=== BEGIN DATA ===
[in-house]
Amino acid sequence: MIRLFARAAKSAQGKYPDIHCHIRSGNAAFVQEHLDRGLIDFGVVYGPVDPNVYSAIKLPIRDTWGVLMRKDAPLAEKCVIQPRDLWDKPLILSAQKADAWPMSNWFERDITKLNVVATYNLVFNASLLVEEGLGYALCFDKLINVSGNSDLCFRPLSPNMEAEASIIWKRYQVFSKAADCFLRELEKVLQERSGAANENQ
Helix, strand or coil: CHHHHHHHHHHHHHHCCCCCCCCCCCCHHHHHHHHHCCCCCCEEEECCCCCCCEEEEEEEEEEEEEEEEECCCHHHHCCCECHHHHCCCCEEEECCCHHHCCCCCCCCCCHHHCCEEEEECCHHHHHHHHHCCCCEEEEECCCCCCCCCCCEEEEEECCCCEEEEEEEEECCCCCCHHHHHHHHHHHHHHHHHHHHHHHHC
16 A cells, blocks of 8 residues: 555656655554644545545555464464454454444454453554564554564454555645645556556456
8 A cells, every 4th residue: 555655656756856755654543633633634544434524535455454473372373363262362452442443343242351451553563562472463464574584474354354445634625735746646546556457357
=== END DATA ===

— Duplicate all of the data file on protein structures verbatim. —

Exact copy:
[in-house]
Amino acid sequence: MIRLFARAAKSAQGKYPDIHCHIRSGNAAFVQEHLDRGLIDFGVVYGPVDPNVYSAIKLPIRDTWGVLMRKDAPLAEKCVIQPRDLWDKPLILSAQKADAWPMSNWFERDITKLNVVATYNLVFNASLLVEEGLGYALCFDKLINVSGNSDLCFRPLSPNMEAEASIIWKRYQVFSKAADCFLRELEKVLQERSGAANENQ
Helix, strand or coil: CHHHHHHHHHHHHHHCCCCCCCCCCCCHHHHHHHHHCCCCCCEEEECCCCCCCEEEEEEEEEEEEEEEEECCCHHHHCCCECHHHHCCCCEEEECCCHHHCCCCCCCCCCHHHCCEEEEECCHHHHHHHHHCCCCEEEEECCCCCCCCCCCEEEEEECCCCEEEEEEEEECCCCCCHHHHHHHHHHHHHHHHHHHHHHHHC
16 A cells, blocks of 8 residues: 555656655554644545545555464464454454444454453554564554564454555645645556556456
8 A cells, every 4th residue: 555655656756856755654543633633634544434524535455454473372373363262362452442443343242351451553563562472463464574584474354354445634625735746646546556457357